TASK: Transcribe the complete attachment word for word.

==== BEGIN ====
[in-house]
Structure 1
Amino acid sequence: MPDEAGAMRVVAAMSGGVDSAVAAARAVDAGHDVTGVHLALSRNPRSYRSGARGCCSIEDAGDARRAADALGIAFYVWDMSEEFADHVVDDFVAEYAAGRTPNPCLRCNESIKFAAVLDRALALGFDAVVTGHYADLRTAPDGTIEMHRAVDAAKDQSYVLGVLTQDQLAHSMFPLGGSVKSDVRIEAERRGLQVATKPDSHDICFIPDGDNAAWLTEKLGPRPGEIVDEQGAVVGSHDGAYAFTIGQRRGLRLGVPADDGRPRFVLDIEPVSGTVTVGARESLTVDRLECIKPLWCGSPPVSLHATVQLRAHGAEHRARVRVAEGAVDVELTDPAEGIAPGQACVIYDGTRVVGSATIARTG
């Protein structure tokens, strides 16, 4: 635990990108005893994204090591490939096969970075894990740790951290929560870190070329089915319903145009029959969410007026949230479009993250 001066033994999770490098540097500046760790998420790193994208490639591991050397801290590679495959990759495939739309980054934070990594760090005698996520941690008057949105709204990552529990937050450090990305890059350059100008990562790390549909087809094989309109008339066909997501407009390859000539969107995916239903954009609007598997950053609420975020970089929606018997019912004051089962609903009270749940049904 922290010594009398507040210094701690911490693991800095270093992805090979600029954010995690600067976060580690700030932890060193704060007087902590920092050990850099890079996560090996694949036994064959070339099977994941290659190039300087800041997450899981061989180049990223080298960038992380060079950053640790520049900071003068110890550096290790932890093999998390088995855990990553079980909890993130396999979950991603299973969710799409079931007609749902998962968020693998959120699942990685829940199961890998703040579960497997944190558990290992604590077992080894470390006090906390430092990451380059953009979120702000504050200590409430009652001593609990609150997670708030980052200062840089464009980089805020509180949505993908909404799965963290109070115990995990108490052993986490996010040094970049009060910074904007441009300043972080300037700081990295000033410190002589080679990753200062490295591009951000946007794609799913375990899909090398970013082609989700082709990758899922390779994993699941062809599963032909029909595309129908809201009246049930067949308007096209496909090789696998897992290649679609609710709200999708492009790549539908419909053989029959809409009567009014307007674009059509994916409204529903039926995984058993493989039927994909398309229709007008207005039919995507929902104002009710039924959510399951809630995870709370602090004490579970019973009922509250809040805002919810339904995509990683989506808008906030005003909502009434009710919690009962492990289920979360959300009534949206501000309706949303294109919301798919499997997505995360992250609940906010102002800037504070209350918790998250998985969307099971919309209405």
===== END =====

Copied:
[in-house]
Structure 1
Amino acid sequence: MPDEAGAMRVVAAMSGGVDSAVAAARAVDAGHDVTGVHLALSRNPRSYRSGARGCCSIEDAGDARRAADALGIAFYVWDMSEEFADHVVDDFVAEYAAGRTPNPCLRCNESIKFAAVLDRALALGFDAVVTGHYADLRTAPDGTIEMHRAVDAAKDQSYVLGVLTQDQLAHSMFPLGGSVKSDVRIEAERRGLQVATKPDSHDICFIPDGDNAAWLTEKLGPRPGEIVDEQGAVVGSHDGAYAFTIGQRRGLRLGVPADDGRPRFVLDIEPVSGTVTVGARESLTVDRLECIKPLWCGSPPVSLHATVQLRAHGAEHRARVRVAEGAVDVELTDPAEGIAPGQACVIYDGTRVVGSATIARTG
């Protein structure tokens, strides 16, 4: 635990990108005893994204090591490939096969970075894990740790951290929560870190070329089915319903145009029959969410007026949230479009993250 001066033994999770490098540097500046760790998420790193994208490639591991050397801290590679495959990759495939739309980054934070990594760090005698996520941690008057949105709204990552529990937050450090990305890059350059100008990562790390549909087809094989309109008339066909997501407009390859000539969107995916239903954009609007598997950053609420975020970089929606018997019912004051089962609903009270749940049904 922290010594009398507040210094701690911490693991800095270093992805090979600029954010995690600067976060580690700030932890060193704060007087902590920092050990850099890079996560090996694949036994064959070339099977994941290659190039300087800041997450899981061989180049990223080298960038992380060079950053640790520049900071003068110890550096290790932890093999998390088995855990990553079980909890993130396999979950991603299973969710799409079931007609749902998962968020693998959120699942990685829940199961890998703040579960497997944190558990290992604590077992080894470390006090906390430092990451380059953009979120702000504050200590409430009652001593609990609150997670708030980052200062840089464009980089805020509180949505993908909404799965963290109070115990995990108490052993986490996010040094970049009060910074904007441009300043972080300037700081990295000033410190002589080679990753200062490295591009951000946007794609799913375990899909090398970013082609989700082709990758899922390779994993699941062809599963032909029909595309129908809201009246049930067949308007096209496909090789696998897992290649679609609710709200999708492009790549539908419909053989029959809409009567009014307007674009059509994916409204529903039926995984058993493989039927994909398309229709007008207005039919995507929902104002009710039924959510399951809630995870709370602090004490579970019973009922509250809040805002919810339904995509990683989506808008906030005003909502009434009710919690009962492990289920979360959300009534949206501000309706949303294109919301798919499997997505995360992250609940906010102002800037504070209350918790998250998985969307099971919309209405």